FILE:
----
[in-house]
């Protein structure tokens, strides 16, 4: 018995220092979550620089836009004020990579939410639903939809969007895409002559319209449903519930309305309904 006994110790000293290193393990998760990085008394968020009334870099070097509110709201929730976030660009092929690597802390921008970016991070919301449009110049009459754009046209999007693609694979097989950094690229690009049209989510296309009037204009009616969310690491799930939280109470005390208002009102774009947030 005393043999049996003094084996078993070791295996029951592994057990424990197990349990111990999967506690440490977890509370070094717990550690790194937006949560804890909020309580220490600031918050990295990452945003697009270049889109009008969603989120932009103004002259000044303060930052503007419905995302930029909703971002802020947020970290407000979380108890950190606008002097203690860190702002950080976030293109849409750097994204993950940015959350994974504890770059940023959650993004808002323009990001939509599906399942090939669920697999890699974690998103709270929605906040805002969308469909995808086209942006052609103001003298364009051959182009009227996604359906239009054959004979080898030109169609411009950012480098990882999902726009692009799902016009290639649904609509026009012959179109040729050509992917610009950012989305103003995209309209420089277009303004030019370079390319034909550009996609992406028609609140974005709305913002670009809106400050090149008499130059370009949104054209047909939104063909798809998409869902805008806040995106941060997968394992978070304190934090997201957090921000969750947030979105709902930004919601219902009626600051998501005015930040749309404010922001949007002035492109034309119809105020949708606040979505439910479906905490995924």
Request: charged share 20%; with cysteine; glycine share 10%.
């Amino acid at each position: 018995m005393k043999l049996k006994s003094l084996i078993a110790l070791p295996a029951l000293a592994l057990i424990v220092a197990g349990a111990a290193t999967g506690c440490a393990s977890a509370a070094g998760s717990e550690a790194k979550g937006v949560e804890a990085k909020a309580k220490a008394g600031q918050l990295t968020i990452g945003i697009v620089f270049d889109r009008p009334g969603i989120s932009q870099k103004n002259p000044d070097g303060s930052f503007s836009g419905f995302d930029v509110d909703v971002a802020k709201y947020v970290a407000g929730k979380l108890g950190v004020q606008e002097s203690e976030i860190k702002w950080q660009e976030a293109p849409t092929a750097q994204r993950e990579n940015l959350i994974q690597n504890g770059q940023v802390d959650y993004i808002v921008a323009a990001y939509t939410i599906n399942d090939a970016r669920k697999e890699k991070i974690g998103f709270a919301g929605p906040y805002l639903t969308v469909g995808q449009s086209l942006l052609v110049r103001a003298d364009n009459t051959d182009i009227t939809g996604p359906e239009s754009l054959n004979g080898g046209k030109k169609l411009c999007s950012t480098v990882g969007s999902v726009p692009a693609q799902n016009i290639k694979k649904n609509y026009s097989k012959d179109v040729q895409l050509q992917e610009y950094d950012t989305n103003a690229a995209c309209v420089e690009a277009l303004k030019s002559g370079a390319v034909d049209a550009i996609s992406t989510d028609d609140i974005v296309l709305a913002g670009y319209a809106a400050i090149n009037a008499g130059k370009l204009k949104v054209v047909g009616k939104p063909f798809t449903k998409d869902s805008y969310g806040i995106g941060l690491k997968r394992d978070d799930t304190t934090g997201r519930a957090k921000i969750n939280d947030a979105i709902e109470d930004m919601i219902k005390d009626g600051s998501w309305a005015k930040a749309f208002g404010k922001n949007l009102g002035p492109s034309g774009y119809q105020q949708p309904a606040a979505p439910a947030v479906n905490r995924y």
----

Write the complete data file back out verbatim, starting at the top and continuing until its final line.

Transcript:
[in-house]
């Protein structure tokens, strides 16, 4: 018995220092979550620089836009004020990579939410639903939809969007895409002559319209449903519930309305309904 006994110790000293290193393990998760990085008394968020009334870099070097509110709201929730976030660009092929690597802390921008970016991070919301449009110049009459754009046209999007693609694979097989950094690229690009049209989510296309009037204009009616969310690491799930939280109470005390208002009102774009947030 005393043999049996003094084996078993070791295996029951592994057990424990197990349990111990999967506690440490977890509370070094717990550690790194937006949560804890909020309580220490600031918050990295990452945003697009270049889109009008969603989120932009103004002259000044303060930052503007419905995302930029909703971002802020947020970290407000979380108890950190606008002097203690860190702002950080976030293109849409750097994204993950940015959350994974504890770059940023959650993004808002323009990001939509599906399942090939669920697999890699974690998103709270929605906040805002969308469909995808086209942006052609103001003298364009051959182009009227996604359906239009054959004979080898030109169609411009950012480098990882999902726009692009799902016009290639649904609509026009012959179109040729050509992917610009950012989305103003995209309209420089277009303004030019370079390319034909550009996609992406028609609140974005709305913002670009809106400050090149008499130059370009949104054209047909939104063909798809998409869902805008806040995106941060997968394992978070304190934090997201957090921000969750947030979105709902930004919601219902009626600051998501005015930040749309404010922001949007002035492109034309119809105020949708606040979505439910479906905490995924």
Request: charged share 20%; with cysteine; glycine share 10%.
């Amino acid at each position: 018995m005393k043999l049996k006994s003094l084996i078993a110790l070791p295996a029951l000293a592994l057990i424990v220092a197990g349990a111990a290193t999967g506690c440490a393990s977890a509370a070094g998760s717990e550690a790194k979550g937006v949560e804890a990085k909020a309580k220490a008394g600031q918050l990295t968020i990452g945003i697009v620089f270049d889109r009008p009334g969603i989120s932009q870099k103004n002259p000044d070097g303060s930052f503007s836009g419905f995302d930029v509110d909703v971002a802020k709201y947020v970290a407000g929730k979380l108890g950190v004020q606008e002097s203690e976030i860190k702002w950080q660009e976030a293109p849409t092929a750097q994204r993950e990579n940015l959350i994974q690597n504890g770059q940023v802390d959650y993004i808002v921008a323009a990001y939509t939410i599906n399942d090939a970016r669920k697999e890699k991070i974690g998103f709270a919301g929605p906040y805002l639903t969308v469909g995808q449009s086209l942006l052609v110049r103001a003298d364009n009459t051959d182009i009227t939809g996604p359906e239009s754009l054959n004979g080898g046209k030109k169609l411009c999007s950012t480098v990882g969007s999902v726009p692009a693609q799902n016009i290639k694979k649904n609509y026009s097989k012959d179109v040729q895409l050509q992917e610009y950094d950012t989305n103003a690229a995209c309209v420089e690009a277009l303004k030019s002559g370079a390319v034909d049209a550009i996609s992406t989510d028609d609140i974005v296309l709305a913002g670009y319209a809106a400050i090149n009037a008499g130059k370009l204009k949104v054209v047909g009616k939104p063909f798809t449903k998409d869902s805008y969310g806040i995106g941060l690491k997968r394992d978070d799930t304190t934090g997201r519930a957090k921000i969750n939280d947030a979105i709902e109470d930004m919601i219902k005390d009626g600051s998501w309305a005015k930040a749309f208002g404010k922001n949007l009102g002035p492109s034309g774009y119809q105020q949708p309904a606040a979505p439910a947030v479906n905490r995924y």